COVID-19 restrictions crack Mexico’s piñata tradition

Coronavirus

The centerpieces of parties in Mexico, piñatas, have been absent for almost a year since the COVID-19 pandemic restrictions were set in place, significantly affecting the artisans who make them.

As some restrictions begin to loosen in Mexico City, colorful piñata stores in markets have reopened their doors, with business owners hoping to rebound from the losses caused by last year’s shutdown.

Valentina Rojas Conde has been making piñatas for 38 years. In normal times she might sell 70 piñatas a day — but these are not normal times.

The price of each item 50 pesos (2.5 US dollars) to almost 3,000 pesos (150 US dollars) depending on the size, the figure, and the material used to create it.

Victor Sanjenis Ochoa, a well-known piñata artisan, said he sells one or two piñatas at most every week.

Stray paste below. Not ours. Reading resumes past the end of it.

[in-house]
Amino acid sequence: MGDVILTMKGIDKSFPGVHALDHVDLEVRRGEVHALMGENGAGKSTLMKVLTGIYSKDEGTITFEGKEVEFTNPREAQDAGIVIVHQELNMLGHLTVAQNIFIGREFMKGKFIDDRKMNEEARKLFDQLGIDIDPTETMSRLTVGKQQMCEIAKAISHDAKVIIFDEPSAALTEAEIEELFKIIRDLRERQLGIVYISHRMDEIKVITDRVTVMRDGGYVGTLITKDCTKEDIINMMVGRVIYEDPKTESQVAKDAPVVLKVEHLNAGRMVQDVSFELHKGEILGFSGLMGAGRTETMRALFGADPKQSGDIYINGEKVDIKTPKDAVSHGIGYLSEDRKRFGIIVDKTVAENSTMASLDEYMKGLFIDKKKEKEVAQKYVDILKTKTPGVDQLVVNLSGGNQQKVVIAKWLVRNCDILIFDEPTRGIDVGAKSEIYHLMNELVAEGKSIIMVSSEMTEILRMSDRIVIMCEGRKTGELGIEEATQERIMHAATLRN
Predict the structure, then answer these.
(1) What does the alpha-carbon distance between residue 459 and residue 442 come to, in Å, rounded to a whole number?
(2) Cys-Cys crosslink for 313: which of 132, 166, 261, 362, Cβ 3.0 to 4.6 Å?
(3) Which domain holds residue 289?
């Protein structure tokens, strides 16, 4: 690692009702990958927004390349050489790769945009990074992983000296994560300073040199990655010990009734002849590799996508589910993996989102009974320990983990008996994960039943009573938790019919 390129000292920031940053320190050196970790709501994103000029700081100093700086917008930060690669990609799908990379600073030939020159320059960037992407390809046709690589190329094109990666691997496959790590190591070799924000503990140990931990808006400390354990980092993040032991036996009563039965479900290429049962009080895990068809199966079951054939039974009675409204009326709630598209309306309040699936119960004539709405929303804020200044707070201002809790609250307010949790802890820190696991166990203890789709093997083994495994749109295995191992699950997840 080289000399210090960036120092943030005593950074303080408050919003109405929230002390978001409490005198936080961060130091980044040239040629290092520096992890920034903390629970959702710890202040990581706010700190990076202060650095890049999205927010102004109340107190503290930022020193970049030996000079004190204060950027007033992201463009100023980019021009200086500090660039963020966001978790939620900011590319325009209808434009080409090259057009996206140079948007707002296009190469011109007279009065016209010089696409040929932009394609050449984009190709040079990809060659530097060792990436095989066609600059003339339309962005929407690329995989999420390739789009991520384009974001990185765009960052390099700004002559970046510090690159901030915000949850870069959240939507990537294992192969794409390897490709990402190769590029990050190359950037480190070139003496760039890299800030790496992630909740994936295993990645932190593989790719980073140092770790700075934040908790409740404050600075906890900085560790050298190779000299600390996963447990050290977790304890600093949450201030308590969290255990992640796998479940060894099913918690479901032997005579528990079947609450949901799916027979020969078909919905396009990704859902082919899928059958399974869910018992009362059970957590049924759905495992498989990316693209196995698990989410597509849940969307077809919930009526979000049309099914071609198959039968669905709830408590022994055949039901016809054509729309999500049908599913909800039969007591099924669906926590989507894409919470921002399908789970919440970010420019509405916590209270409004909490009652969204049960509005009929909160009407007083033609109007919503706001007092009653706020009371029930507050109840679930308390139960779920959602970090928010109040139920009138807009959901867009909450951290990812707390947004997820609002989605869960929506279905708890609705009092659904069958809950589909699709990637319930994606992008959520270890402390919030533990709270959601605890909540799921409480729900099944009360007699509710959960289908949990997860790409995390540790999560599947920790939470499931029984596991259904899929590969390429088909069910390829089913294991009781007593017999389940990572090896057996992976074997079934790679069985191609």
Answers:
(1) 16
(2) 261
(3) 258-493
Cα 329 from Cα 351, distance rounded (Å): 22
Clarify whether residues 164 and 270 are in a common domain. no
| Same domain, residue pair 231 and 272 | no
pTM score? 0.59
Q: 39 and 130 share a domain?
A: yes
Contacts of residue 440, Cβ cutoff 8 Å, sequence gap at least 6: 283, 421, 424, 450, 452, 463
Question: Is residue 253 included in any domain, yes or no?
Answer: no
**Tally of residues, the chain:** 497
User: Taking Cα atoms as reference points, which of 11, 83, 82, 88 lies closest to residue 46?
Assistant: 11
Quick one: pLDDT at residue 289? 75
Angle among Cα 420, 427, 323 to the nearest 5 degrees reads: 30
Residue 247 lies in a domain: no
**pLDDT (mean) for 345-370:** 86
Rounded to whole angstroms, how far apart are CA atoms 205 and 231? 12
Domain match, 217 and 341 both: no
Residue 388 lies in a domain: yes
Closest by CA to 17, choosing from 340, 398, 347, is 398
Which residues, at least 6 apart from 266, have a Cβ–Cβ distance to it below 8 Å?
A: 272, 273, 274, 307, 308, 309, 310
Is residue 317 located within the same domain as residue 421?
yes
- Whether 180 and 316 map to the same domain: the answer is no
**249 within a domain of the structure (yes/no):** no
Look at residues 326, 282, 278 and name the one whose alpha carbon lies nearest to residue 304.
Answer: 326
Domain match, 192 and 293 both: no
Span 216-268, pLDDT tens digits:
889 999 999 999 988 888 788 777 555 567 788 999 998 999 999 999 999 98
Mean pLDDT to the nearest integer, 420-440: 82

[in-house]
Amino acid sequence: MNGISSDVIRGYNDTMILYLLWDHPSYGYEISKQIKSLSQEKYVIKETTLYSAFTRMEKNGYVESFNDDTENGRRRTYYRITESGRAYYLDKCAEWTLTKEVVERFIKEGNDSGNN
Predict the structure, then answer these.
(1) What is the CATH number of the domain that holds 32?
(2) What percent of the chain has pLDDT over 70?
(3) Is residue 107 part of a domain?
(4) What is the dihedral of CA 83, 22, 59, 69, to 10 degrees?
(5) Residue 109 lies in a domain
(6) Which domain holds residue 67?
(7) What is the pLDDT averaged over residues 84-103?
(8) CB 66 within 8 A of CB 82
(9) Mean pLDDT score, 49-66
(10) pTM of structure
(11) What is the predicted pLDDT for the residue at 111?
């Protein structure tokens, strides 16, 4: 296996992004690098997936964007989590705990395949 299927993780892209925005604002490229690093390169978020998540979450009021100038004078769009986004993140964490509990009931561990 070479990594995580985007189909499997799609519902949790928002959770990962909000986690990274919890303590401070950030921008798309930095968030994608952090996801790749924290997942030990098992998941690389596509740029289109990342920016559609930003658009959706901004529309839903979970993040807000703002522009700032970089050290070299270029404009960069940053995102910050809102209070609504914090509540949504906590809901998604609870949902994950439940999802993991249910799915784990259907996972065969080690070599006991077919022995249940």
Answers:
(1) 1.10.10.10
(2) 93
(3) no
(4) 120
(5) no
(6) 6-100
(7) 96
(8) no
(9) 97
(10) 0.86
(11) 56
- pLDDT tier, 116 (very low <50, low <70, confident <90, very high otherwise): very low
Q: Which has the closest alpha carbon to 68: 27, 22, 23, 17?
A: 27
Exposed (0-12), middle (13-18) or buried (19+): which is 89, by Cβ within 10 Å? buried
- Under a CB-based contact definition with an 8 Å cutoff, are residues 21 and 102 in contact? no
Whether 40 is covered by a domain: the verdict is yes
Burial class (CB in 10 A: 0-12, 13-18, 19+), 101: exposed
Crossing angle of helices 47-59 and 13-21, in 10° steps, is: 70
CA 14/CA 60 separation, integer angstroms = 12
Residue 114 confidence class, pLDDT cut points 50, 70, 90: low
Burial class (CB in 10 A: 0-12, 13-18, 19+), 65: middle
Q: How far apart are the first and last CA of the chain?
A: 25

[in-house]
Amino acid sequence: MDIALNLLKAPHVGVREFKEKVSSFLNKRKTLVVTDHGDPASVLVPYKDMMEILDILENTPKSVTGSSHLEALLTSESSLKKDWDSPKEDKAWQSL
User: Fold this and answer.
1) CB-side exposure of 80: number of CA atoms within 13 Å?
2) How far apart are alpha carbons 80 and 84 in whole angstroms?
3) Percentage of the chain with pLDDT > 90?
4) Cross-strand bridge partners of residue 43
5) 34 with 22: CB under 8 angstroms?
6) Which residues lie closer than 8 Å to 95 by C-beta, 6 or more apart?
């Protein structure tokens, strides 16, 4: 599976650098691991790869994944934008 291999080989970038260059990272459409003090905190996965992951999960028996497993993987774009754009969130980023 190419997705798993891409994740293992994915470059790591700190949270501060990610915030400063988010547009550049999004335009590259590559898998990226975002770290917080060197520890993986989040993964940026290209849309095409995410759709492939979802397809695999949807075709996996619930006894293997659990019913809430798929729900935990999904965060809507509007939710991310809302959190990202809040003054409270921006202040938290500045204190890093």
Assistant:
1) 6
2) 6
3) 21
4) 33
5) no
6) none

As a result, he’s been forced to lay off staff.

Piñatas are very popular at children’s parties and other celebrations.

Made of clay or cardboard, piñatas are pots that are suspended for partygoers to crack open.

People compete for whatever is inside – traditionally fruit, sweets or small toys.

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The mission of BorderReport.com is to provide real-time delivery of the untold local stories about people living, working and migrating along the U.S. border with Mexico. The information is gathered by experienced and trusted Nexstar Media Group journalists hired specifically to cover the border.